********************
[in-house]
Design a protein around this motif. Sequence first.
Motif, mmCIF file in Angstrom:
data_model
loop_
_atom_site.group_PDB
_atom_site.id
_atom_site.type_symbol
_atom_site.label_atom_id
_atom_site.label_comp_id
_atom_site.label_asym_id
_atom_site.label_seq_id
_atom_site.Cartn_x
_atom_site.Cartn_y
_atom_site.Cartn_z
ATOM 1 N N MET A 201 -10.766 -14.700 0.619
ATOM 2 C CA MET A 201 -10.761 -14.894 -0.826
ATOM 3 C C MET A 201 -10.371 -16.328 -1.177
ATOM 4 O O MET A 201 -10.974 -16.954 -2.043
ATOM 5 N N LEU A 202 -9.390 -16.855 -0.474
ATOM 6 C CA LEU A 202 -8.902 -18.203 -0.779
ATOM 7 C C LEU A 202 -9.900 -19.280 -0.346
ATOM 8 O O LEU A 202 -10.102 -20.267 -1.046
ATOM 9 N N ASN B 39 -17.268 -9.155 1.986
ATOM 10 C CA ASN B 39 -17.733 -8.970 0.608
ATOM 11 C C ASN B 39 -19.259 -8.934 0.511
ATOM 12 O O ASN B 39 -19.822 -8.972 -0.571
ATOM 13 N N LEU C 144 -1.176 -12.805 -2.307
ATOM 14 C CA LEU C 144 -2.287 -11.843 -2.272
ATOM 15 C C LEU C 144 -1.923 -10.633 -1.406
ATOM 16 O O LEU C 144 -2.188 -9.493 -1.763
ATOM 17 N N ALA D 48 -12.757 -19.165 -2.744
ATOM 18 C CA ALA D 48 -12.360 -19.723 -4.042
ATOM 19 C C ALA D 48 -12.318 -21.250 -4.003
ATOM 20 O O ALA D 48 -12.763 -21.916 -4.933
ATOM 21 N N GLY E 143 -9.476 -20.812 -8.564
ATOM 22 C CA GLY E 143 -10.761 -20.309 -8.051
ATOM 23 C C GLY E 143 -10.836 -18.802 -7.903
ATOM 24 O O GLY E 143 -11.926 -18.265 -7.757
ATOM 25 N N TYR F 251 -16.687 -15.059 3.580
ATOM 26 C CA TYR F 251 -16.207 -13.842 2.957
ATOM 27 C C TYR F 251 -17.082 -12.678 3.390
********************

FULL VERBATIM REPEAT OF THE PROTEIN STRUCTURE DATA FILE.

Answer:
[in-house]
Design a protein around this motif. Sequence first.
Motif, mmCIF file in Angstrom:
data_model
loop_
_atom_site.group_PDB
_atom_site.id
_atom_site.type_symbol
_atom_site.label_atom_id
_atom_site.label_comp_id
_atom_site.label_asym_id
_atom_site.label_seq_id
_atom_site.Cartn_x
_atom_site.Cartn_y
_atom_site.Cartn_z
ATOM 1 N N MET A 201 -10.766 -14.700 0.619
ATOM 2 C CA MET A 201 -10.761 -14.894 -0.826
ATOM 3 C C MET A 201 -10.371 -16.328 -1.177
ATOM 4 O O MET A 201 -10.974 -16.954 -2.043
ATOM 5 N N LEU A 202 -9.390 -16.855 -0.474
ATOM 6 C CA LEU A 202 -8.902 -18.203 -0.779
ATOM 7 C C LEU A 202 -9.900 -19.280 -0.346
ATOM 8 O O LEU A 202 -10.102 -20.267 -1.046
ATOM 9 N N ASN B 39 -17.268 -9.155 1.986
ATOM 10 C CA ASN B 39 -17.733 -8.970 0.608
ATOM 11 C C ASN B 39 -19.259 -8.934 0.511
ATOM 12 O O ASN B 39 -19.822 -8.972 -0.571
ATOM 13 N N LEU C 144 -1.176 -12.805 -2.307
ATOM 14 C CA LEU C 144 -2.287 -11.843 -2.272
ATOM 15 C C LEU C 144 -1.923 -10.633 -1.406
ATOM 16 O O LEU C 144 -2.188 -9.493 -1.763
ATOM 17 N N ALA D 48 -12.757 -19.165 -2.744
ATOM 18 C CA ALA D 48 -12.360 -19.723 -4.042
ATOM 19 C C ALA D 48 -12.318 -21.250 -4.003
ATOM 20 O O ALA D 48 -12.763 -21.916 -4.933
ATOM 21 N N GLY E 143 -9.476 -20.812 -8.564
ATOM 22 C CA GLY E 143 -10.761 -20.309 -8.051
ATOM 23 C C GLY E 143 -10.836 -18.802 -7.903
ATOM 24 O O GLY E 143 -11.926 -18.265 -7.757
ATOM 25 N N TYR F 251 -16.687 -15.059 3.580
ATOM 26 C CA TYR F 251 -16.207 -13.842 2.957
ATOM 27 C C TYR F 251 -17.082 -12.678 3.390